Blood oozes out of the open wound, trailing down his hand and dripping onto the floor. He holds his hand up in the air and follows me to my shooting stall. I quickly reach for the 5.11 Tactical backpack that serves as my range bag, unzipping the front most pocket, revealing a bright red, hard case with a cross emblem emblazoned on the front – my first aid kit. Opening the case, I retrieve a bandage and quickly apply it to the wound, attempting to stop the bleeding. It’s a minor injury, a slide bite courtesy of a Springfield XD. My patient will live with a fresh band-aid applied to the web of his hand and a lesson on awareness when it comes to gun grip.
The ability to treat this minor yet annoying consequence of shooting comes courtesy of my own first aid training, an endeavor I am not only passionate about but for which I advocate. As a Basic Life Support Instructor, I impart my knowledge of CPR and First Aid for the American Heart Association to just about any one, gun owners included, who will listen; however, gun owners don’t always seem to grasp the importance of first aid training or the role it plays in gun ownership.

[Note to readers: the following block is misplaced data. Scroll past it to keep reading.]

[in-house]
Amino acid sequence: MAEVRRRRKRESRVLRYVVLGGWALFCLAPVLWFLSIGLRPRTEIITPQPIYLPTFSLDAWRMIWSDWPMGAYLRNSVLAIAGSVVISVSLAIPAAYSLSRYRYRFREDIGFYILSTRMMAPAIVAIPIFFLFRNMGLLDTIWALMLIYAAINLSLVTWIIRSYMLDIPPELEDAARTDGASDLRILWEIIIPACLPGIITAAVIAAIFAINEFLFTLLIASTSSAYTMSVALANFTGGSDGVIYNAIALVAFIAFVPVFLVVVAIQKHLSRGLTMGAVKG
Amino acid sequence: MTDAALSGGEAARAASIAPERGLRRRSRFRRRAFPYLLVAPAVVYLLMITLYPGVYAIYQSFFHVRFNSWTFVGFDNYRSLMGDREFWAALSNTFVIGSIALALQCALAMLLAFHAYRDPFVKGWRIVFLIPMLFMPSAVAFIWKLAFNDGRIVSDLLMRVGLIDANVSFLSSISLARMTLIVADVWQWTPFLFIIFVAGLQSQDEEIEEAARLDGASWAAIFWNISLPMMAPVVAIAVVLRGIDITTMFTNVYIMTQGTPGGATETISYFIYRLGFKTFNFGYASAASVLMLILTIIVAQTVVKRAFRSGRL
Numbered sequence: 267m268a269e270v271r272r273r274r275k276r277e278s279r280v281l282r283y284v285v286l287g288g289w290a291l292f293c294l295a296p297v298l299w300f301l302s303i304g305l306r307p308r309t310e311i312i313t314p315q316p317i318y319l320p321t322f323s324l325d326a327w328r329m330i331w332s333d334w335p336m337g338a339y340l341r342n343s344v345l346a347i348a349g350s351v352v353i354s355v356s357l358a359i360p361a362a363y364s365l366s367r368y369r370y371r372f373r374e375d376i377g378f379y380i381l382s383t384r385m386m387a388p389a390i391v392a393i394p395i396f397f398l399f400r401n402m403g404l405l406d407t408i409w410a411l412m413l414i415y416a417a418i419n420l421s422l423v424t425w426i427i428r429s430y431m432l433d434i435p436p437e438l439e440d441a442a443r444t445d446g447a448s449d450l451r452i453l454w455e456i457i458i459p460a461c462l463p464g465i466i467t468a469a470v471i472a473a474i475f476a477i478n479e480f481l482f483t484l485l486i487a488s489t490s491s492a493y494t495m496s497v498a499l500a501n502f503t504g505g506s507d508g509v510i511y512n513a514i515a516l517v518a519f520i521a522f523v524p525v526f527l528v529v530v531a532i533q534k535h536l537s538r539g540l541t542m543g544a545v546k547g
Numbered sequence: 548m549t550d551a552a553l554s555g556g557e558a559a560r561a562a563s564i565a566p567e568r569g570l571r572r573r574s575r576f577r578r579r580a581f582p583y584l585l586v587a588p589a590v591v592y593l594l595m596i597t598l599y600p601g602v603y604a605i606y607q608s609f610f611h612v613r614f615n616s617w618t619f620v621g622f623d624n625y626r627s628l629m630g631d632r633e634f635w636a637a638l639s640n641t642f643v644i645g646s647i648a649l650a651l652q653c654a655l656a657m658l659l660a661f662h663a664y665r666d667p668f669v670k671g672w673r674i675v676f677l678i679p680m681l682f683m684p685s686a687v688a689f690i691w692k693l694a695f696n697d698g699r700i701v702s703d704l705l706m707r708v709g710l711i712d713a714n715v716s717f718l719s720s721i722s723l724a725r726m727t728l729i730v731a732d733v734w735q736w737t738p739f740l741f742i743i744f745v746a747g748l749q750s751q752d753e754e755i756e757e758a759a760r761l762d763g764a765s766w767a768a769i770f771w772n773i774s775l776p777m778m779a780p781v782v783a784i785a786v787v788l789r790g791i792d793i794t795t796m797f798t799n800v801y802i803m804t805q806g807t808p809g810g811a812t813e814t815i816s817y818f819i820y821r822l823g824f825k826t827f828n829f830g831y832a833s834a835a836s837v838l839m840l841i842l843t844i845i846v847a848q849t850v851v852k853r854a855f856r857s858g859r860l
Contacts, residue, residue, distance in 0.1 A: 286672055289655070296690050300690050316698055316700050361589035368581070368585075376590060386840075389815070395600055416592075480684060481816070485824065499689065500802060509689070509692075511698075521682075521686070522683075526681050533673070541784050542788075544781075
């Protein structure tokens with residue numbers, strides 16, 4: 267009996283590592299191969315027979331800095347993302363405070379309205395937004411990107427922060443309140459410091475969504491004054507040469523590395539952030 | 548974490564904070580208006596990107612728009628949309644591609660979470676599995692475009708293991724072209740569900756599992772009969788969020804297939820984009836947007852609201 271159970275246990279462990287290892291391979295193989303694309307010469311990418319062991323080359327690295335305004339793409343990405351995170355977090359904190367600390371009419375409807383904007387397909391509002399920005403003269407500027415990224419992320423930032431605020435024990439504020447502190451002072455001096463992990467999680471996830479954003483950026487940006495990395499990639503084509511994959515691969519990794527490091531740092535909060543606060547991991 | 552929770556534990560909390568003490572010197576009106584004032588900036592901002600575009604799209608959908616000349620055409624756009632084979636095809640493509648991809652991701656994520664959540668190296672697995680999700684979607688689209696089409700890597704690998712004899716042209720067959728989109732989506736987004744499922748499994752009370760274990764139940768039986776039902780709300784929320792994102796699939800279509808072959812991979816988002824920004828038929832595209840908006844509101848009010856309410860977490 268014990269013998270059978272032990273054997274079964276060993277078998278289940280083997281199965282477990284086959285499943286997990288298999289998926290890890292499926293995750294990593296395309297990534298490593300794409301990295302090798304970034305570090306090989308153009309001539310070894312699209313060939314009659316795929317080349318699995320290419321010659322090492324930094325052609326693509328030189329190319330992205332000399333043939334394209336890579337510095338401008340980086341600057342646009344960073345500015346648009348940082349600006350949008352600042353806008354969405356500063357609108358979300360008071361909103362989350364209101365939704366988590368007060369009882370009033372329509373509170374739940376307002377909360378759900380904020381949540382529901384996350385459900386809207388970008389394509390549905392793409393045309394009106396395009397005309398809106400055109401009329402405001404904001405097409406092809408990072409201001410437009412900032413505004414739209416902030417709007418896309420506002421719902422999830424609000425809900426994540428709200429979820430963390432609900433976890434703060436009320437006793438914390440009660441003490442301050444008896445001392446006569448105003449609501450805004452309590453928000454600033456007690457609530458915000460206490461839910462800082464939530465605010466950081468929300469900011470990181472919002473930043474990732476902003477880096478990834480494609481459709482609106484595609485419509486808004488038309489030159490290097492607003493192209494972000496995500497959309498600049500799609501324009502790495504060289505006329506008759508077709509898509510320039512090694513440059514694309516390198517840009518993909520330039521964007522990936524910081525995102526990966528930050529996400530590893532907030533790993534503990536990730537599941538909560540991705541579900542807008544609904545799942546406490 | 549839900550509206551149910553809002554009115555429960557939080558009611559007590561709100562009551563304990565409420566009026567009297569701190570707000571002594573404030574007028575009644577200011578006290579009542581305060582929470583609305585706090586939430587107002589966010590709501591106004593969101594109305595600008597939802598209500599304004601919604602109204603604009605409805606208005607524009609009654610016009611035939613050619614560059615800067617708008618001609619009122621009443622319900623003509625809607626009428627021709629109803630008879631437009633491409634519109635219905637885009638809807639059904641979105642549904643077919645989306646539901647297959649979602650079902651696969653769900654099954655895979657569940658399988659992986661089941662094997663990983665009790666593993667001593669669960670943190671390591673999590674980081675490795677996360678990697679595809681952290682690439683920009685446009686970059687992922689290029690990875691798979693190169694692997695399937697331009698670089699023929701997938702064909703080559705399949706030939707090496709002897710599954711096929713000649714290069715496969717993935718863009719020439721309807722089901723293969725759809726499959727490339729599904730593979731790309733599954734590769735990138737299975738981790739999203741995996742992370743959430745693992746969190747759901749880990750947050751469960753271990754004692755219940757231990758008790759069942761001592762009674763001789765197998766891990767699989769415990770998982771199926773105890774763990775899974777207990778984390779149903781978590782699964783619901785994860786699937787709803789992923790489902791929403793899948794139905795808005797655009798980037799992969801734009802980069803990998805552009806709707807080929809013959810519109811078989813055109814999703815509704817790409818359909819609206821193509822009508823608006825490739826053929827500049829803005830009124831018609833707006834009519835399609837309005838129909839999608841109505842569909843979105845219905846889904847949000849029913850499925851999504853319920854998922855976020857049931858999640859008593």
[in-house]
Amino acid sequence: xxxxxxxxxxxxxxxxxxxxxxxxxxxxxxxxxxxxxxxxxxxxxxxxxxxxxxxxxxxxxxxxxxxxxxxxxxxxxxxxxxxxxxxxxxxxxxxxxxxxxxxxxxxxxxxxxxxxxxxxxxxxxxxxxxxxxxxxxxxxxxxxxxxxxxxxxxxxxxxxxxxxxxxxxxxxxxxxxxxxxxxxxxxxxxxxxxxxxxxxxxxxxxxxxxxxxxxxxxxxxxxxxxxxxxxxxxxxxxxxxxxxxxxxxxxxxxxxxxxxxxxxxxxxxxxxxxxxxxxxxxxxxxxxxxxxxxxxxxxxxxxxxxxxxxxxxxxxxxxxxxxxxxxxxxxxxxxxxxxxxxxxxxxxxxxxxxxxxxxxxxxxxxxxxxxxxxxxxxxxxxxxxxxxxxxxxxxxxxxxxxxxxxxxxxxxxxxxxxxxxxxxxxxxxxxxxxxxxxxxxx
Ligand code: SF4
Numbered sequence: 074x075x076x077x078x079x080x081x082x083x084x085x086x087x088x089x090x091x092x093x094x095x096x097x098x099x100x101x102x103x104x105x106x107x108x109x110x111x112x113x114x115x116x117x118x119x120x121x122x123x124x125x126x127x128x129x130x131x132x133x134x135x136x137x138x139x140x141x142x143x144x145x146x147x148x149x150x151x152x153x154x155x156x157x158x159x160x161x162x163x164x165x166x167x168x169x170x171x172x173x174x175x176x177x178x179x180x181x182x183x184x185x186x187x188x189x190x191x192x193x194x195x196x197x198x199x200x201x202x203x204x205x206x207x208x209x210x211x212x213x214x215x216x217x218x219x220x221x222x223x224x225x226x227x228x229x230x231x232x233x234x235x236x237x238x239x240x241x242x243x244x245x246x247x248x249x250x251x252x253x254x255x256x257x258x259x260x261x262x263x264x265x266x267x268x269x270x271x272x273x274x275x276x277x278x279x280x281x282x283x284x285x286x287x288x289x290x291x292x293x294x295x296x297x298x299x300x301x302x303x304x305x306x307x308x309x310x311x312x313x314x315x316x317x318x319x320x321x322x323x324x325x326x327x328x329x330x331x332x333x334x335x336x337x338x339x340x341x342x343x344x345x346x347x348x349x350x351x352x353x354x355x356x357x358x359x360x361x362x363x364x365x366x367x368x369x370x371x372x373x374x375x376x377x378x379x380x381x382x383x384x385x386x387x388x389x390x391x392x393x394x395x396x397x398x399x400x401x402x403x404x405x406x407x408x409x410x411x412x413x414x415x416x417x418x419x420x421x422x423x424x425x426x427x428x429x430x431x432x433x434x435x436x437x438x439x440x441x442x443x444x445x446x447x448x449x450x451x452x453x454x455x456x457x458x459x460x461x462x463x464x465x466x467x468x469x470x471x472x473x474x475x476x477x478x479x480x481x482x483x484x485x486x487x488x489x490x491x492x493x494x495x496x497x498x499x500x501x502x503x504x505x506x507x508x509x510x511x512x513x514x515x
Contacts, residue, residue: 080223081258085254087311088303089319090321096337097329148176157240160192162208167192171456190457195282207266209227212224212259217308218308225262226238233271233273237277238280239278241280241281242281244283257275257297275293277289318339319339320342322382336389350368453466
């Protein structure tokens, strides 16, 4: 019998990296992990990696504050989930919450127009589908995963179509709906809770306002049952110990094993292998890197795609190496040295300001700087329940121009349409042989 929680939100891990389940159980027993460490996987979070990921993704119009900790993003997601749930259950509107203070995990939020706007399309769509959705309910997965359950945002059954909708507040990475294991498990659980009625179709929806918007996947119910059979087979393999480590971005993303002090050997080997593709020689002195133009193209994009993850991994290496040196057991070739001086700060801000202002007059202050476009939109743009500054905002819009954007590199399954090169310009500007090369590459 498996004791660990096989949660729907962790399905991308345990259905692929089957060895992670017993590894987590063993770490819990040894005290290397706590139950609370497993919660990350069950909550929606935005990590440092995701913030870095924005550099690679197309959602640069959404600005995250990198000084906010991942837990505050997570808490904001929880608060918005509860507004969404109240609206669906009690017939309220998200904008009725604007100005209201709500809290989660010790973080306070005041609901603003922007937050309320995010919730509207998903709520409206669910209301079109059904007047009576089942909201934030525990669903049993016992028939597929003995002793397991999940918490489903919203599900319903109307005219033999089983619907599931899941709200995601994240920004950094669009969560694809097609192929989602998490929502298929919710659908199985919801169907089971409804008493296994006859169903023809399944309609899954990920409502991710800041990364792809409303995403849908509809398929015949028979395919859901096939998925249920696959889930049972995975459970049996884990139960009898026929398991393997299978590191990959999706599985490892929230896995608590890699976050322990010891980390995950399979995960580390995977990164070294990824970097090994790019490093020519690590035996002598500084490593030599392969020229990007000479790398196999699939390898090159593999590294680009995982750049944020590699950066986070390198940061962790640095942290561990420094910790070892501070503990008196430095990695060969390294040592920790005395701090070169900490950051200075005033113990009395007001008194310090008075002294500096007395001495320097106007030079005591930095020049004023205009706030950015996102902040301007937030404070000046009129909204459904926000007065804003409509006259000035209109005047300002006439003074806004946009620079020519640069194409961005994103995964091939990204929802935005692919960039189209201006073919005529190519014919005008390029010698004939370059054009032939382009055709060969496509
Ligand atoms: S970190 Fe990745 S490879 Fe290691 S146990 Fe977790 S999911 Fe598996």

Dr. Joe Alton alongside his wife Amy Alton, ARNP, know a thing or two about the importance of medical training and how quickly a normal day can turn into tragedy. Just 10 minutes from them on February 14, 2018, a gunman stormed Marjory Stoneman Douglas High School in Parkland, Florida killing 17. The events sent the nation reeling and reinforced for the Altons why they advocate so strongly for first aid training. Appearing at SHOT Show showcasing first aid books and gear with their medically focused Doom and Bloom LLC, the Altons said that medical training is relevant for every civilian.